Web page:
Is that a bad thing? Absolutely not. From its branding to its sourcing to its growth strategy, Chipotle offers countless best practices on how to run a successful restaurant business. And trying to be like Chipotle isn’t necessarily a fool’s errand; just like in Hollywood, imitations can still make boatloads of money (earlier this year, Jurassic World, the fourth film in a 22-year-old franchise, became the fourth-highest-grossing film of all time).

    But imitators can only go so far. Very few people would think Jurassic World is better than Jurassic Park; there’s something about the original that will always retain a certain magic, animatronics and all. Those brands hoping to be the next Chipotle have to remember that the secret to Chipotle’s success was always that it was the first one doing what it did. Nothing will ever change that.

    OK, you say. We get it. What’s the point of all this?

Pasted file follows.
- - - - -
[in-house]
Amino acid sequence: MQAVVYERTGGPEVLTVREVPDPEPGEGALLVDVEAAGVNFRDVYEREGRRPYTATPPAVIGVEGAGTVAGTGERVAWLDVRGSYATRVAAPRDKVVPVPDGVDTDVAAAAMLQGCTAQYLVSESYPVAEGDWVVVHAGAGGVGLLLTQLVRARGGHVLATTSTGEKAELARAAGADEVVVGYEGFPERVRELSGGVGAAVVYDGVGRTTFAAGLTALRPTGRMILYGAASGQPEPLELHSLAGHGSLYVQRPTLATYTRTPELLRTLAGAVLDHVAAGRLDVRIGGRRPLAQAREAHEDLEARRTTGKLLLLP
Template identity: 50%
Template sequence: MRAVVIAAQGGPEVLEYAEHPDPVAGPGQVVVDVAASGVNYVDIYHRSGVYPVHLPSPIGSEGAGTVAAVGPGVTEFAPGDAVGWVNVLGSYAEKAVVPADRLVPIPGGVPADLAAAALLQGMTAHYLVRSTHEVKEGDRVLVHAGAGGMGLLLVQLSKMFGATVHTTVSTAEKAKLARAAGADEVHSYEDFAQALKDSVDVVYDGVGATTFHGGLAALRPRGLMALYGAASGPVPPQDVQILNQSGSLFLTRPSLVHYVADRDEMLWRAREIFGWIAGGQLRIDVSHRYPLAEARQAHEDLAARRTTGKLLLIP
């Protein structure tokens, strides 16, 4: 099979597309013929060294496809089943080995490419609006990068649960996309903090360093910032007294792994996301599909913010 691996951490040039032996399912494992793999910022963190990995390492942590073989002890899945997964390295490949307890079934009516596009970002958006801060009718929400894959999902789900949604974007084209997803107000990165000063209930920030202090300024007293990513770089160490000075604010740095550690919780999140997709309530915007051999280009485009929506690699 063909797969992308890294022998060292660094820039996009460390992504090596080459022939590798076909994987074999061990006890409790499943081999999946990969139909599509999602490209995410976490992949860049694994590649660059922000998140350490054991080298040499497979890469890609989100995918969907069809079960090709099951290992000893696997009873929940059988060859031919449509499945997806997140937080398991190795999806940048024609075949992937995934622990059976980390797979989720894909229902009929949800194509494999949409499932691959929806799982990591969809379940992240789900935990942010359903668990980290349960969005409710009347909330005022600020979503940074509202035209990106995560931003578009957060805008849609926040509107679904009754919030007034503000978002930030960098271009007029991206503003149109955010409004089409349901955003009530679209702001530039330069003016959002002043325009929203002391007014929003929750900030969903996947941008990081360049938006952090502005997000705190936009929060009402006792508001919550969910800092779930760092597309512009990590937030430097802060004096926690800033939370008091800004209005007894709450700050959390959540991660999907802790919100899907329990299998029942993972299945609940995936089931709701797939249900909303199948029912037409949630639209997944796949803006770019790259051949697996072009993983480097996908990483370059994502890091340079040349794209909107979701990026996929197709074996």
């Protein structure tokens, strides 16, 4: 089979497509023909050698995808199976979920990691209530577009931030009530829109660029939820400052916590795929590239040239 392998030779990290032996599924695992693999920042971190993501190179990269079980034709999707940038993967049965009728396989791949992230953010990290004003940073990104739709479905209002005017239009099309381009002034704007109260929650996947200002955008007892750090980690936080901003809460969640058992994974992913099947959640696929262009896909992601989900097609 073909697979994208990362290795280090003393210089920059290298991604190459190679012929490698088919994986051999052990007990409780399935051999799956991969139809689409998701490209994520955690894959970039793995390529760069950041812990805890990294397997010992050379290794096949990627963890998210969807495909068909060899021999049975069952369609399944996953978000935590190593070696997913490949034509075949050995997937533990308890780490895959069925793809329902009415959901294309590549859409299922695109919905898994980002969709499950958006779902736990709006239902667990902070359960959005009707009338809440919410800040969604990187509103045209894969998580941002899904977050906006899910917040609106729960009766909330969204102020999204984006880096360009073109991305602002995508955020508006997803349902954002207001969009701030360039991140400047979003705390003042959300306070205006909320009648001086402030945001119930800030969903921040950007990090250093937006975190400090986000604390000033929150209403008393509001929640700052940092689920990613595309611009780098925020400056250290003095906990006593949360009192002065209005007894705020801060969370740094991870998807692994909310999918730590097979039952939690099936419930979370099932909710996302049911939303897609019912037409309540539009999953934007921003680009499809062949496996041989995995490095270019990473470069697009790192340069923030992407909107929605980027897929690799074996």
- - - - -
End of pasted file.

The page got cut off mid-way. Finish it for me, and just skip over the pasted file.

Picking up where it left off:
Fast Casual 2.0

    Some of the leaders driving the industry's next great wave.

    My point is this: In a world of imitations, original ideas shine all the brighter. And after a decade of measuring success against the Chipotle model, we’ve arrived at the cusp of the next great wave of innovation in limited-service restaurants. A bevy of foodservice entrepreneurs are refining Chipotle’s model and rolling out premium concepts that are chef-driven, designed around a high-quality experience and long-term relationships with their vendors, employees, and communities.

    It’s a new era for fast casual, a step above the phenomenal things Chipotle has accomplished.

    Say hello to Fast Casual 2.0.

    What is Fast Casual 2.0?

    Just like the difference between quick service and fast casual, the difference between fast casual and Fast Casual 2.0 isn’t so black and white. The fast-casual industry pioneered a dining experience where higher-quality ingredients, enhanced hospitality, and cozier dining rooms could mesh with lower prices and counter service, and Fast Casual 2.0 retains those touch points.